Sale Report: Morton & Eden British, Russian and World Orders, Medals and Decorations, London May 31

SALE TOTAL: £705,498 (US$1,086,467)
LOTS OFFERED: 246
SOLD BY VALUE: 85% £1=US$1.54

Lot 2

*Order of St Andrew, a large and impressive diamond-set sash badge, probably of European manufacture, in two-colour gold set with rose-cut and single-cut diamonds, ruby eyes and a central gold and blue-enamelled St Andrew’s Cross with an applied figure of the martyred Saint in gold; the reverse entirely decorated with realistic engraved plumage and the hinged crown fitted with gold riband carrier for suspension, 115 x 75.5mm, wt. 128g, some stones missing and others replaced, moderate overall wear, good very fine

Estimate: £20,000-30,000 SOLD FOR £102,000 ($157,080) Purchased by US Dealer on behalf of collector

Lot 6

Order of St Vladimir Sale Report: Morton & Eden British, Russian and World Orders, Medals and Decorations, London May 31*Order of St Vladimir, Military Division, a large and impressive ‘bulbous’ badge of high quality, in gold and enamels, without marks beneath enamel and with maker’s mark on reverse of suspension ring unclear but showing 1896-1908 St Petersburg kokoshnik, 63.5mm (including suspension ring) x 58.3mm, thickness 13mm at centre, small chip at the edge of the central medallion on obverse, good very fine and extremely rare; and a modern sash

Estimate: £60,000-80,000 SOLD FOR £72,000 ($110,880) Purchased on behalf of private European collector

Provenance:

Attributed to VICE-ADMIRAL OSKAR VIKTOROVICH STARK, 1846-1928 who, as Commander of the Pacific Fleet at Port Arthur, famously arranged a ball in honour of his wife aboard the Petropavlovsk, when the opening salvoes of gunfire in the RussoJapanese War were at first thought to be part of the entertainment provided:

‘The band was playing loudly, and the most honorary guest, Admiral Alekseyev, the Viceroy, glided along the parquet with the heroine of the day with surprising grace for his rather obese figure. When the dance reached its apogee, and the viceroy stood on his knee to circle the lady, the windowpanes suddenly shook from the thunder of the cannonade. Everyone applauded, surprised by such a timely salute, and the overall excitement increased. The ball continued to the accompaniment of the orchestra and artillery fire.’

A noted explorer and recipient of the Order of St. Vladimir, 2nd Class, Stark was recalled to duty in the Great War, when in his late 60s. Resolutely loyal to the Imperial cause he was based in Vladivostok during the Civil War, becoming involved with the White movement. Eventually forced to arrange an evacuation from Siberia in October, 1922 as the Red Army’s impending victory became apparent, and dogged with misfortune, he was finally forced to lower the Imperial standard in the Pacific in January, 1923. In exile he retired to Finland.

Ex Suomen Numismaattisen Yhdistyksen [Finnish Numismatic Society] Auction, Helsinki, 7 April 1990, lot 155. The badge was examined and authenticated at the Hermitage Museum in 1992, when thought to be a First Class award.

Lot 11

*Order of St Anne, Civil Divison, Second Class neck badge with Crown, by Wilhelm Keibel, St. Petersburg, in gold and enamels, 73mm (including crown) x 43mm, in fitted case of issue, with I.W. Keibel paper label on reverse (this torn at left), front section of crown detached, extremely fine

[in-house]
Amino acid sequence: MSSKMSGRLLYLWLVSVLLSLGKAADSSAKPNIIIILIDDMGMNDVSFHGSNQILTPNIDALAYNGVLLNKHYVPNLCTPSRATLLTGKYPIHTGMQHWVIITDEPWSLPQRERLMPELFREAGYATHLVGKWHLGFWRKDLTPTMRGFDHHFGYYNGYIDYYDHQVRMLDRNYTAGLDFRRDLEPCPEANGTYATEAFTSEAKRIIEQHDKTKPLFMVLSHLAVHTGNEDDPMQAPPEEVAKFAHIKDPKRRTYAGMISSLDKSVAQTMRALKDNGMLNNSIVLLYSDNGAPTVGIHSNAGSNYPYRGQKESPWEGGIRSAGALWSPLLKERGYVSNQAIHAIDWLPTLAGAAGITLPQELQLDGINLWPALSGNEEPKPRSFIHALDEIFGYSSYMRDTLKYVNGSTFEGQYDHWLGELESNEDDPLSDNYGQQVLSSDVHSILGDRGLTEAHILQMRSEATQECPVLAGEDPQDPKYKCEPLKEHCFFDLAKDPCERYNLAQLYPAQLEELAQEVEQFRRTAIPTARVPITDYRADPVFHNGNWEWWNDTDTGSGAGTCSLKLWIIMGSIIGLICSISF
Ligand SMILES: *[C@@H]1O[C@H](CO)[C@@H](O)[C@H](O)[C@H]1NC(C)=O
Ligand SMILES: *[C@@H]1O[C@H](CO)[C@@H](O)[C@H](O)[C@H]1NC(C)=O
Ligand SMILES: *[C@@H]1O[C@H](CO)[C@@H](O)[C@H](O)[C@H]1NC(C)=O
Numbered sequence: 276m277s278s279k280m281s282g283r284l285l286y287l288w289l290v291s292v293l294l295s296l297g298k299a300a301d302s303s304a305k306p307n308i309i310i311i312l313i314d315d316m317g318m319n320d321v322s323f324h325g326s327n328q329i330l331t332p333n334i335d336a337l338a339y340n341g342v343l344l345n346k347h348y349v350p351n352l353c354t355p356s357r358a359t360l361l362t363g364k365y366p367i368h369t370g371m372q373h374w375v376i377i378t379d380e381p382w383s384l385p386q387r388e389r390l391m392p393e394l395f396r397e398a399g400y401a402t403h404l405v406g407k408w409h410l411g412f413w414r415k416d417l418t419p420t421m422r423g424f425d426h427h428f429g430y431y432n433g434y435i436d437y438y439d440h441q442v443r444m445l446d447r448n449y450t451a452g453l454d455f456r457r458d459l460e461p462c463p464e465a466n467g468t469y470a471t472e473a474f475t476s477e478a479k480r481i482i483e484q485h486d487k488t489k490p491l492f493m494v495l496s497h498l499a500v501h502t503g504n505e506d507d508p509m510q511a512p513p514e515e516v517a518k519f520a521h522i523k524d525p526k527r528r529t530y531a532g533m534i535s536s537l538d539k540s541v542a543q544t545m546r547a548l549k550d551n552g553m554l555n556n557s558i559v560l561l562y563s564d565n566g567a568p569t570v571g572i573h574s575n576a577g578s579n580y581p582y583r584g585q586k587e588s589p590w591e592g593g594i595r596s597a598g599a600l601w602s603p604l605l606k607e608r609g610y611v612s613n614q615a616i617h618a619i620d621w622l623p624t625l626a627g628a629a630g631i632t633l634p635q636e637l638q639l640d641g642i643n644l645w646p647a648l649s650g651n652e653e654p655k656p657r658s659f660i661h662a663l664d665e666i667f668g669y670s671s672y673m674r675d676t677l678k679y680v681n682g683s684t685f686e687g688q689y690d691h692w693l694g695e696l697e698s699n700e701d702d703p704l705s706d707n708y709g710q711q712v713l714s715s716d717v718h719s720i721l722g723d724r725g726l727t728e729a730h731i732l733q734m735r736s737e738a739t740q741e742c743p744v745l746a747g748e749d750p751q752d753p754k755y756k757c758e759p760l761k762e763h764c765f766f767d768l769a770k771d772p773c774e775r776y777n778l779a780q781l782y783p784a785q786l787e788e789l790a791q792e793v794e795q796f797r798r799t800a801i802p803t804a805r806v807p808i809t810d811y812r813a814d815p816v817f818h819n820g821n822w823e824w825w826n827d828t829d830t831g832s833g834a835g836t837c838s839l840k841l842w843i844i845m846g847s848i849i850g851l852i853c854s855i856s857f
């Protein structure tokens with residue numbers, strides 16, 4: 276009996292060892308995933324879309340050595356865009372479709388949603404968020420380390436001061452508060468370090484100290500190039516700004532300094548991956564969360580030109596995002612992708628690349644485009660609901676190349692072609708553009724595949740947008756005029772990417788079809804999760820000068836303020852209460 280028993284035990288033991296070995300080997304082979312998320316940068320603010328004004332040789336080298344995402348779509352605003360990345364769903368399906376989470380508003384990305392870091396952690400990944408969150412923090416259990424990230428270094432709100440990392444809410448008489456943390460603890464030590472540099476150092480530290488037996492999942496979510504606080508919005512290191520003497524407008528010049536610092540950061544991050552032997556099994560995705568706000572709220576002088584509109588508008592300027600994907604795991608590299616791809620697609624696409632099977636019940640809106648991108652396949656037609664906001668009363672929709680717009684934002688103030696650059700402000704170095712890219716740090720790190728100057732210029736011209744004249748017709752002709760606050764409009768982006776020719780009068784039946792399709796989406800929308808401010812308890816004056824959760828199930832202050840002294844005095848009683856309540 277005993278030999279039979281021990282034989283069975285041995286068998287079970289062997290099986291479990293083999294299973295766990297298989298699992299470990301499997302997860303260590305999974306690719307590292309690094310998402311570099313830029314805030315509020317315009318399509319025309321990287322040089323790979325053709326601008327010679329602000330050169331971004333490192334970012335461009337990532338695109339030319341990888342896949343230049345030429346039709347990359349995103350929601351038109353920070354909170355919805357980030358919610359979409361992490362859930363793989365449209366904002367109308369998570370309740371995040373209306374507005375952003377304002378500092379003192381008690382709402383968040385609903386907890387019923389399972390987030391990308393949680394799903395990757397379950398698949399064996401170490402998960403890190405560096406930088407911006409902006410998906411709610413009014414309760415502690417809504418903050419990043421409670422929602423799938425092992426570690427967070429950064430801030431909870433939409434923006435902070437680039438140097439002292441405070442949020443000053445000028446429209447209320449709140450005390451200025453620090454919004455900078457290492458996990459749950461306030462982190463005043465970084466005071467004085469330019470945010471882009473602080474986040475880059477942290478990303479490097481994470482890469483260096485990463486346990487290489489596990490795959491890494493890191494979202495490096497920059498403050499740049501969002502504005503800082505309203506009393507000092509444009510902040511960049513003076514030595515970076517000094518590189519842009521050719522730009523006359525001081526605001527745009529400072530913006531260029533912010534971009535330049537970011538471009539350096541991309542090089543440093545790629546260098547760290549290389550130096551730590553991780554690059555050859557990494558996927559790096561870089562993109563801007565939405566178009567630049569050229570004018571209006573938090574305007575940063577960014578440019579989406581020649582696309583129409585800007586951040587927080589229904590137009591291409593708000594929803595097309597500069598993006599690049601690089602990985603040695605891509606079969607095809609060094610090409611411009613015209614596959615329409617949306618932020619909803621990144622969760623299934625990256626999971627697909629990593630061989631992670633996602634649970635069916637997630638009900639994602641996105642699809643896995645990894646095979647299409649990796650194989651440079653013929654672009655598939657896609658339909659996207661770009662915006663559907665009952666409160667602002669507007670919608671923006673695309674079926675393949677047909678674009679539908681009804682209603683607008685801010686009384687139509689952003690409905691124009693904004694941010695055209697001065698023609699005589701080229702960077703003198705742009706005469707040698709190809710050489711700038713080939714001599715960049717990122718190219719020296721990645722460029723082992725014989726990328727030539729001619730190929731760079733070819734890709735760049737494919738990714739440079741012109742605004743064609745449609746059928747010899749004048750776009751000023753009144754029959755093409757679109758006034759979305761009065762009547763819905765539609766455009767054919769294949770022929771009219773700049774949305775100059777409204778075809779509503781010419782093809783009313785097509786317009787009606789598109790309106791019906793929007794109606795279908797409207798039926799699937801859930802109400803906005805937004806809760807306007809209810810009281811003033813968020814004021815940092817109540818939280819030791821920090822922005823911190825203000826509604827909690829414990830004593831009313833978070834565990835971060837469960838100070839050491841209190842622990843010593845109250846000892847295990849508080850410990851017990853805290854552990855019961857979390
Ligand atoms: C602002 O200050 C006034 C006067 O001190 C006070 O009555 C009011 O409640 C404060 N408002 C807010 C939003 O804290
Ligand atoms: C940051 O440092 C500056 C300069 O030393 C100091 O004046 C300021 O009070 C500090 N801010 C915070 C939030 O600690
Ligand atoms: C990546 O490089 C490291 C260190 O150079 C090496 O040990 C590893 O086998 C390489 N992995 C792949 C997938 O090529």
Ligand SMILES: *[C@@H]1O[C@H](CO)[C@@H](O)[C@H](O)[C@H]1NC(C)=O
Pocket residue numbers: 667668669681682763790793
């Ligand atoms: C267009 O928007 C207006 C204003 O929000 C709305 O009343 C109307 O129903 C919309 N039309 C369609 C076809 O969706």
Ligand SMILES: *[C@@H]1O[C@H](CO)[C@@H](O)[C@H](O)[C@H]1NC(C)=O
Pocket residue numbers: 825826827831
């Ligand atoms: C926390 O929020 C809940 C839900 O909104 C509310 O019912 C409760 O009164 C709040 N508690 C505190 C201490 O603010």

Estimate: £10,000-15,000 SOLD FOR £66,000 ($69,564) Purchased on behalf of private European collector

Lot 10

*Order of St Anne, Second Class badge, by Emanuel Pannasch, dated 182[-] on ring suspension and marked beneath enamel, in gold and enamels, 41.6mm (including suspension ring) x 36.5mm, good extremely fine, with old neck riband

Estimate: £8,000-12,000 SOLD FOR £38,400 ($59,136) Purchased by private collector

Lot 35

*A Nicholas II Order of St George and Order of St Anne Bravery Sword, with single-piece polished steel blade and bronze-gilt hilt, guard and scabbard mounts, bearing a miniature badge of the Order of St George mounted at the pommel and an inset badge of the Order of St Anne on sideguard, worn overall, fittings loose and with some restoration to the scabbard, generally in fine to very fine condition

Estimate: £4,000-6,000 SOLD FOR £27,600 ($42,504) Purchased on behalf of private European collector

Lot 13

*Order of St Stanislaus, Military Division, Second Class, non-Christian neck badge, by Albert Keibel, St Petersburg, 1896-1908, in gold and enamels, 51mm (including suspension ring) x 47mm, good very fine, with small piece of neck riband

Estimate: £20,000-25,000 SOLD FOR £22,800 ($35,112) Purchased by private collector

Lot 18

*Dress Miniatures: Miniature riband bar, as worn by Duke William of Brunswick (1830- 84), circa 1850, in gold, silver and enamels, with badges of Orders suspended from, and stars of Orders attached to, a gold bar: BRUNSWICK, badge and star of the Order of Henry the Lion; PRUSSIA, badge and star of the Order of the Black Eagle; AUSTRIA, badge and star of the Order of St Stephen; RUSSIA, badge and star of the Order of St Andrew; GREAT BRITAIN, badge and star of the Order of the Garter, width of bar 84mm, with gold retaining pin and keeper, of very high quality manufacture, extremely fine (lot)